With all the stated challenges noted in the study findings, a possible solution could be reached whereby management at operational level could be harnessed through visible and intentional management of the MHCs. Current status reported by nurses stated that lack of support and supervision is prevalent, which is similar to what has been reported before [41]. Unfortunately, such conditions will yield to unfavourable programmatic outcomes as evidenced in this study. Therefore, managers’ support in any format is deemed crucial, even more in settings such as MHCs. The gross lack of support cited in this study is contrary to other study [74] where nurses and their managers felt optimistic about HIV care and had increased job satisfaction. The absent support demonstrates no good working partnership between the managers and their subordinates and literature [75] describes this as a complex problem where unsupportive relationships within their work group exist and always results in poor outcomes. Lack of support therefore paralyses the MHCs nurses not to even exercise their contextual innovative capabilities as no one could endorse them. But instead, they are expected to do things by the book which sometimes are challenging to be implemented in the MHCs context, as in most cases such policies are formulated and designed for the fixed clinic environments which are different from MHCs. . Also, these factors will impact negatively to the overall HIV care rendered by MHCs nurses. Tangible presence, guidance, affirmation, and mentorship in the MHCs by their managers should be prioritised, to keep the nurses motivated while monitoring ongoing monitoring and evaluation of HIV care services. Once this if fulfilled then MHCs will function effectively to a certain extent.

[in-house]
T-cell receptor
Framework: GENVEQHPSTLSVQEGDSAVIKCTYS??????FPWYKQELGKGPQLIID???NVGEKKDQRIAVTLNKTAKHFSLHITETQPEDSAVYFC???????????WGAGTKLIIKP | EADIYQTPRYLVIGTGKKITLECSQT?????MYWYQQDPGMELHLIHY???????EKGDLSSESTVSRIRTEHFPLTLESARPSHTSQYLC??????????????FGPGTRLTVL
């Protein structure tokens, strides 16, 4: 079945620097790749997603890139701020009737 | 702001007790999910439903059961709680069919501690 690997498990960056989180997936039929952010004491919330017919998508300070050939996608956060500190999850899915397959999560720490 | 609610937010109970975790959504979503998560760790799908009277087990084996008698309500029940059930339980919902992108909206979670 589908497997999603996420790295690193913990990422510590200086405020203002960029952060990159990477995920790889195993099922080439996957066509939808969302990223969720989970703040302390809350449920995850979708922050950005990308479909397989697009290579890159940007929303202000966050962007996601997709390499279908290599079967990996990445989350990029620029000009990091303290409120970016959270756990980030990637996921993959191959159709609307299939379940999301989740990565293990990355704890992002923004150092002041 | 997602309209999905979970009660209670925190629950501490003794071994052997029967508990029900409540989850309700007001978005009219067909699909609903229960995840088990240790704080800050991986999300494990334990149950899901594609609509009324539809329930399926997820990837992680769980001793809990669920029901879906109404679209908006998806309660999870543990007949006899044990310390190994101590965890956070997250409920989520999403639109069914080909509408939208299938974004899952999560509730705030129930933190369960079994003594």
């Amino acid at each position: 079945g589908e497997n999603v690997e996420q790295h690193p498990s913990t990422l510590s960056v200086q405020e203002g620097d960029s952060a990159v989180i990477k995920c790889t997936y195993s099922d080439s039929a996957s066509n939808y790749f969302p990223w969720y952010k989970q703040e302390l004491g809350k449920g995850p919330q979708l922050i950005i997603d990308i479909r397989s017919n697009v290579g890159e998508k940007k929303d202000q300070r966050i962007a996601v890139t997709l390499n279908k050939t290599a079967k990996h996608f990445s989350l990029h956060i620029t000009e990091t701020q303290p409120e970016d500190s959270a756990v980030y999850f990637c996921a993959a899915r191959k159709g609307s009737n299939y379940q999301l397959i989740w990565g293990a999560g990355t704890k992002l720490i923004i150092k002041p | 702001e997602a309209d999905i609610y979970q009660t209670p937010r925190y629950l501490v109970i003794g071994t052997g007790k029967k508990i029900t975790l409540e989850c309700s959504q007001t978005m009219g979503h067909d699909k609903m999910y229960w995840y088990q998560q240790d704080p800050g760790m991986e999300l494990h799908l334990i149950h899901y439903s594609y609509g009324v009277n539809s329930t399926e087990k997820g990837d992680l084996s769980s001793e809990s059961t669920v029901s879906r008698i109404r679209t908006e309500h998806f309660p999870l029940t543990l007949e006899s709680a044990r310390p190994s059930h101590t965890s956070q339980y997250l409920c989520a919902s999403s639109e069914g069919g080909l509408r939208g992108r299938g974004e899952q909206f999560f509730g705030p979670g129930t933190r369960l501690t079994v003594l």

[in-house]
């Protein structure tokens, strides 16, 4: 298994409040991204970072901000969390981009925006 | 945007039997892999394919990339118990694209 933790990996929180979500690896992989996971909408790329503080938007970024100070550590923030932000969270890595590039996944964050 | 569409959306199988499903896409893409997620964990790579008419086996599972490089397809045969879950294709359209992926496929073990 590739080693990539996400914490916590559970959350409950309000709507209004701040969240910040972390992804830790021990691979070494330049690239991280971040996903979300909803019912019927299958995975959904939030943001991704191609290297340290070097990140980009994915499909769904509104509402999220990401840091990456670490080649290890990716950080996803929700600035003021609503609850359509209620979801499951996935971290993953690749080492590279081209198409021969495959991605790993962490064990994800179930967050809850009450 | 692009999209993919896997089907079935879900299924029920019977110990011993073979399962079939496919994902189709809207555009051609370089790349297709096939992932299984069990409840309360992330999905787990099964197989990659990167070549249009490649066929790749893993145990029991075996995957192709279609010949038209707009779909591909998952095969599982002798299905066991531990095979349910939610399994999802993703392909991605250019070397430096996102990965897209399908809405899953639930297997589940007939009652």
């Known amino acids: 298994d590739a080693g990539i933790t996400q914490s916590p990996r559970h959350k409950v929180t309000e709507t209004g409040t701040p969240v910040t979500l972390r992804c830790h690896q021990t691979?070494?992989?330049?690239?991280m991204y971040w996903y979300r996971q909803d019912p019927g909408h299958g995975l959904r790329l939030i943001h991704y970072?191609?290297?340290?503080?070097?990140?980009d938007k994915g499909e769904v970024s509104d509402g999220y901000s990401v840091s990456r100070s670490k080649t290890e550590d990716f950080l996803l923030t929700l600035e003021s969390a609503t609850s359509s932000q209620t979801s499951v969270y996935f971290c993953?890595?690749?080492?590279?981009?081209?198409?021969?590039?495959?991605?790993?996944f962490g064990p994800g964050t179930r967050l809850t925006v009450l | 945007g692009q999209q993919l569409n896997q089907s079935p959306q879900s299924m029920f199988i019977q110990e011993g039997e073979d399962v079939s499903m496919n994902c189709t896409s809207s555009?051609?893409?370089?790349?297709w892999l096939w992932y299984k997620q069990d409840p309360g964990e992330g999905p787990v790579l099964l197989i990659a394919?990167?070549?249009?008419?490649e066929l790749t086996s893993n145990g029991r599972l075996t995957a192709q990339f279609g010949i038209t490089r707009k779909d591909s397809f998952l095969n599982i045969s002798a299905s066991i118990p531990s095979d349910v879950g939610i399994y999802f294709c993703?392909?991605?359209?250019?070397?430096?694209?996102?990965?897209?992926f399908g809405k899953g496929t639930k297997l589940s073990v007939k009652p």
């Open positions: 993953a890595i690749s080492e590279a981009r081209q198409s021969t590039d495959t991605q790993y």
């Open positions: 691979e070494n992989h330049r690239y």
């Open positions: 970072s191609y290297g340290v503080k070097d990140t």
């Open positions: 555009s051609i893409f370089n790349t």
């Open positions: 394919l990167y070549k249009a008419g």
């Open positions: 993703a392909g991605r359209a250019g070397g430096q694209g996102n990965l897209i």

Strenghts and limitations

The qualitative nature of the study was able to capture the voices of the nurses that are rendinring HIV care in the MHCs context and a nature of the study has never been conducted before. Theirfore the study findings forms the basis for further research and can influence policies in terms of how management and operations are done in the MHCs.

Limitations of the study include the fact that the study was only conducted in one district in KwaZulu Natal, therefore the results cannot be generalisable to all the MHCs in the province, national, continental and internationally.

Implications of the study

The study demonstrated a great need for mobile health services to be entrenched on the six health systems building blocks outlined by the WHO health system framework 2007 [76] i.e. service delivery, health workforce, information, medical products, vaccines and technologies, financing and leadership/ governance mentorship. Unfortunately, all the building blocks have shortcomings. Following few suggestions can be considered such as a structured contextual coaching and support programme should be in place, and to be led by nurse managers, while enhancing and promoting peer buddy mentorship system.

Operations would be better enhanced if the following practical suggestions are effected: support and staff provision, introduction and accurate use of district information system, specific budget allocation, incentive consideration, and recognition that MHCs cannot operate the same as the fixed PHCs.


This study demonstrated a serious gap that exist and the challenges that the nurses in MHCs are faced with day in and day out without any support whatsoever. Priority consideration and attention regarding the MHC operations is urgently needed since this study highlight the importance of HIV care delivery through the MHCs while in the presence of challenges. Reflections on the quality of HIV care service offered to the community members should be conducted in line with human rights. While assessing if they are being met for both the patients and the nurses who are in operation of these clinics. Indirectly the MHCs mimic what the local PHC clinics look like in terms of their operations as in most cases within the district MHCs are attached to either CHC or PHC establishment.